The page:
10:15 p.m. EST update: Gulp. FOXSports.com’s Jon Paul Morosi states that the deal is worth $12 million over two years. Apparently, the Mets didn’t get the note that there are more closers available than teams needing them.
10:10 p.m. EST update: Jon Heyman confirms the original report from Newsday’s Ken Davidoff. No word on terms yet, though $4 million per season is a pretty good guess.
Who knew the Mets would suddenly turn into the busiest team of the winter meetings?
The team has rebuilt its bullpen on the fly tonight, inking Frank Francisco to a two-year deal mere minutes after signing Jon Rauch for one year and picking up Ramon Ramirez in a swap of center fielders Angel Pagan and Andres Torres.
Francisco almost certainly will be the closer in the group, with Rauch, Ramirez and Bobby Parnell battling for seventh- and eighth-inning duties.
Francisco, 32, had a 3.55 ERA and 17 saves in 21 chances for the Blue Jays last season. Talented but injury-prone, he’s thrown 60 innings just once since debuting with the Rangers in 2004. He has, however, struck out 368 batters in 334 career innings and posted a sub-4.00 ERA four straight seasons.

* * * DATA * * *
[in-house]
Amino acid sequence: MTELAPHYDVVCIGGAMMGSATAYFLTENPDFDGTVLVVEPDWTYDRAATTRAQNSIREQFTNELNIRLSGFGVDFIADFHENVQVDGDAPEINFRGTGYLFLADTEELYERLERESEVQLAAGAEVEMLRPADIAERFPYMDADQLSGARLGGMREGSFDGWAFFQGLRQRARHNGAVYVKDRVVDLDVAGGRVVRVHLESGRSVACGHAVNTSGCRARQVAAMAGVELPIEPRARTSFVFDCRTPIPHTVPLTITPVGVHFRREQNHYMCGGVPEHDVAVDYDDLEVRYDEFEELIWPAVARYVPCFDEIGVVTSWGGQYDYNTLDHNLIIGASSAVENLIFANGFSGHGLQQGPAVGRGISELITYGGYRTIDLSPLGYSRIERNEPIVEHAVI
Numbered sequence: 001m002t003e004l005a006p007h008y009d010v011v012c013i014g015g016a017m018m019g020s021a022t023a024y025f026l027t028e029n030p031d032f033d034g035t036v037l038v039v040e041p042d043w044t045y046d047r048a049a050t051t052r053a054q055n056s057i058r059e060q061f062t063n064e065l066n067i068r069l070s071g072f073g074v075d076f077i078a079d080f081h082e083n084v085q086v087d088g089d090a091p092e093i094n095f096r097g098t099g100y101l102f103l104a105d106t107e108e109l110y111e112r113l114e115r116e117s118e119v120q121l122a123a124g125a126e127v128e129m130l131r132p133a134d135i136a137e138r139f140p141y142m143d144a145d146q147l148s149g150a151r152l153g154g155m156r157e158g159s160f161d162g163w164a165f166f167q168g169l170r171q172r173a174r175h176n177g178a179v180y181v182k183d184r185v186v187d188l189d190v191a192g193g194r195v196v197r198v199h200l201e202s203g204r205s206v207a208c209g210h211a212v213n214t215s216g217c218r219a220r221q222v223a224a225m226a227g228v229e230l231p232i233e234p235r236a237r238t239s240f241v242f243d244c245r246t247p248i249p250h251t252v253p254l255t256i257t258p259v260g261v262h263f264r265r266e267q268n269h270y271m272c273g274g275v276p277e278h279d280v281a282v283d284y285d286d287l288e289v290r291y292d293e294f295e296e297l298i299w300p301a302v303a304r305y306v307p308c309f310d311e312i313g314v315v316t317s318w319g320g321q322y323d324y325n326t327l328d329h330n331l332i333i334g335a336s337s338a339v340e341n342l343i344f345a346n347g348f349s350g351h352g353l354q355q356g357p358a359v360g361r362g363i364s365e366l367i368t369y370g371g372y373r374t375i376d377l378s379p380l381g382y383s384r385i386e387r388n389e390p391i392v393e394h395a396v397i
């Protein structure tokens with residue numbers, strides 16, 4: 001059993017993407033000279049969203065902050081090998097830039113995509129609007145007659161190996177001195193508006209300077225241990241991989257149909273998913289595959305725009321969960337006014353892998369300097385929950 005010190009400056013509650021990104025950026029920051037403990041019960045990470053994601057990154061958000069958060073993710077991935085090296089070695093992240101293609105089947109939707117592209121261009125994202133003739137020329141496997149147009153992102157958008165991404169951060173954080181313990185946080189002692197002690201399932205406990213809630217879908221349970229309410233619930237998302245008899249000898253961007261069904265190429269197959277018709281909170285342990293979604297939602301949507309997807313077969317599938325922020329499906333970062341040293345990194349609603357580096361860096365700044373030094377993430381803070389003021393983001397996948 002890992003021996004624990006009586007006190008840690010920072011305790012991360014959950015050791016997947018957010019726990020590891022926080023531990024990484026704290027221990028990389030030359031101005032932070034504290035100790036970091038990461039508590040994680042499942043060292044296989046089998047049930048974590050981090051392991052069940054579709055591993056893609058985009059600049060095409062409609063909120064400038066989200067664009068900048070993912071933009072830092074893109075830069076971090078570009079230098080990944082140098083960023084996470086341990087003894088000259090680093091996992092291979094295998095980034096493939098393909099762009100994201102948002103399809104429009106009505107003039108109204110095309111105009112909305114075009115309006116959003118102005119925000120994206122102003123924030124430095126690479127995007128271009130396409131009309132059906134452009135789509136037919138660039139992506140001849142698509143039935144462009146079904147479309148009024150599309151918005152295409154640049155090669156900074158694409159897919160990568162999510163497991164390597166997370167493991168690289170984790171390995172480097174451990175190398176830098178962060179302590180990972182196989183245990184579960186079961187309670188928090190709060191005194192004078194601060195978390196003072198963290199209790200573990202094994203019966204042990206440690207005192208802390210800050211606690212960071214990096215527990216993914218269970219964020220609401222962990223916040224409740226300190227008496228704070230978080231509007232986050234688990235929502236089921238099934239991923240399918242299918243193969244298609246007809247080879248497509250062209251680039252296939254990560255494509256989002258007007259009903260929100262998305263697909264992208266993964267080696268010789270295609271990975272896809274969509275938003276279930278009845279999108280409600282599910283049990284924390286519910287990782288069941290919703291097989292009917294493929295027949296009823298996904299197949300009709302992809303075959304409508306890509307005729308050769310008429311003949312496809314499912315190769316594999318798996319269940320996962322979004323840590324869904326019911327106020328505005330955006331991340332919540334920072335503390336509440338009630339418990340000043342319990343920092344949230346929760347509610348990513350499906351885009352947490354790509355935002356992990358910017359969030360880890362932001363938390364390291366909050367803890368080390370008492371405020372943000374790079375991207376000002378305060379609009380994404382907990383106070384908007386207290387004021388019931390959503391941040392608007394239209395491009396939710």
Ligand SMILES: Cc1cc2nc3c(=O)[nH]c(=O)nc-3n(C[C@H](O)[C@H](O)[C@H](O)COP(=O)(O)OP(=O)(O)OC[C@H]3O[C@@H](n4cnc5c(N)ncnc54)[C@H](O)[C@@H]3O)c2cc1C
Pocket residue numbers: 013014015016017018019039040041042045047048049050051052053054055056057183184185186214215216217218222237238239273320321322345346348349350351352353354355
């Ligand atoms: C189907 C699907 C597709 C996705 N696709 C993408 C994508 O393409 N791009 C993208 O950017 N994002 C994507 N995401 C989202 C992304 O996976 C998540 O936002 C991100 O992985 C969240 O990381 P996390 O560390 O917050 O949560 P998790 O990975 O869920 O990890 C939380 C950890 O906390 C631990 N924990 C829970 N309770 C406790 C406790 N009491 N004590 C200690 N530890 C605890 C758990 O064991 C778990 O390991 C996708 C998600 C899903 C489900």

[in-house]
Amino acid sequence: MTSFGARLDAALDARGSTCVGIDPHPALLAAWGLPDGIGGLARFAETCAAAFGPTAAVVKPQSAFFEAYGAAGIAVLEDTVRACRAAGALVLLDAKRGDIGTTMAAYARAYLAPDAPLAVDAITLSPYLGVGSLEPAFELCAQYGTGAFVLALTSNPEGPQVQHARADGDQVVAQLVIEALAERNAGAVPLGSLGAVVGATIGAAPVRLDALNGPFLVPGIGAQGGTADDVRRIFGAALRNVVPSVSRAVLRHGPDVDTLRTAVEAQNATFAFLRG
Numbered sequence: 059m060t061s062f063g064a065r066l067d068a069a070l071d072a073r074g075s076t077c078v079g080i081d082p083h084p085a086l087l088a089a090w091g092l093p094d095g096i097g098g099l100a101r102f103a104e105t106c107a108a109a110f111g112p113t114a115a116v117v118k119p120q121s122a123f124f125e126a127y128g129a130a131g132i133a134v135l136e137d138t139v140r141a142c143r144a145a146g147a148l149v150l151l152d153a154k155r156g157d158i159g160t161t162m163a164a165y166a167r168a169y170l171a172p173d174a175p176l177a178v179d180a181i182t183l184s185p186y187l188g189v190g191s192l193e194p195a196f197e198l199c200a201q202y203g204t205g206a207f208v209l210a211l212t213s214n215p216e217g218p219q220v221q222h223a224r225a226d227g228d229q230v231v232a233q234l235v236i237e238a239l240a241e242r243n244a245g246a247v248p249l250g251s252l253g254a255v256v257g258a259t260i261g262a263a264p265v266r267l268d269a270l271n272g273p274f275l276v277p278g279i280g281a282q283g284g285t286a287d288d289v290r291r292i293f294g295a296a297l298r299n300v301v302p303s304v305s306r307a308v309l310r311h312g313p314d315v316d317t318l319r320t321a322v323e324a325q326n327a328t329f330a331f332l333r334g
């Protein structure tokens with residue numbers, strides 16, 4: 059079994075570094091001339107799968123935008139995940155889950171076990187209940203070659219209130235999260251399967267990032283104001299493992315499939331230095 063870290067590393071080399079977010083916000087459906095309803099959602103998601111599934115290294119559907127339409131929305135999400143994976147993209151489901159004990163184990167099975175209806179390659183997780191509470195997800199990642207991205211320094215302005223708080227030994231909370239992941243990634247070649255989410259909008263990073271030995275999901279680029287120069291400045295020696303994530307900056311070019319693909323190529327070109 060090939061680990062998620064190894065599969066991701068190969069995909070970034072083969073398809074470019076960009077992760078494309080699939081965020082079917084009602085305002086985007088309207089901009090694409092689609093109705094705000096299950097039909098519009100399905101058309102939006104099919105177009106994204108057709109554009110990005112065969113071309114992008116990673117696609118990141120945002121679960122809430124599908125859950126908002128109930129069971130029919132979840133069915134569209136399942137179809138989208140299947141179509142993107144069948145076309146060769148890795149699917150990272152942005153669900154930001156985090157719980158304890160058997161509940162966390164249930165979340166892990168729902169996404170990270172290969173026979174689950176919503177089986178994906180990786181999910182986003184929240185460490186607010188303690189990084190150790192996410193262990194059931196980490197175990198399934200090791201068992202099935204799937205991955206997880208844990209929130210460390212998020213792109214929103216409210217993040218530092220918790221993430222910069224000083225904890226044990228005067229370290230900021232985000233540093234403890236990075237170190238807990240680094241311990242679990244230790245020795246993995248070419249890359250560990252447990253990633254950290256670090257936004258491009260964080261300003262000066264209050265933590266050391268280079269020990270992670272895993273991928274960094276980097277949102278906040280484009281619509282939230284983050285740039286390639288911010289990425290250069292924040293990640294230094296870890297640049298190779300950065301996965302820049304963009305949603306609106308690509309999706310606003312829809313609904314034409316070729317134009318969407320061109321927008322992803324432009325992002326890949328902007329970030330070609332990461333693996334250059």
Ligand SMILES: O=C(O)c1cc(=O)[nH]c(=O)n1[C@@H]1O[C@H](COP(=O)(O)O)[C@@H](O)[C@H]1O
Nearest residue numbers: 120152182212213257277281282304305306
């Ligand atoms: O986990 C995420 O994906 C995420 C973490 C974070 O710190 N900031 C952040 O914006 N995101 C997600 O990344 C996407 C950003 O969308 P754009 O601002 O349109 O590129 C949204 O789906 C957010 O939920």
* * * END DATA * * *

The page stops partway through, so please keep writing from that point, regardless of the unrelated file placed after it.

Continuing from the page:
This morning Major League Baseball announced a new elite league for high school baseball players who are likely to be drafted. It’s called the Prospect Development Pipeline League. It’ll start next summer and it’ll invite 80 of the best current high school juniors to play in a league in Florida from June through early July, culminating in an All-Star Game during MLB’s All-Star week.
The idea behind the league: to combat the current system in which a couple of pay-to-play, for-profit showcase leagues dominate the pre-draft season. Major League Baseball, schools and a lot of players’ parents have criticized this system because it favors rich kids who can afford to play in them. Major League Baseball is also likely quite keen on having greater control over the training, health and physical monitoring of prospects.
As Jeff Passan notes in his report about this, there will be a component of the program which involves live data-tracking of players during games and drills. Major League Baseball has become increasingly interested in such things but is limited in how much it can do in this regard due to labor agreements. There is no such impediment with high schoolers. Your mileage will vary when it comes to how you feel about that, I presume.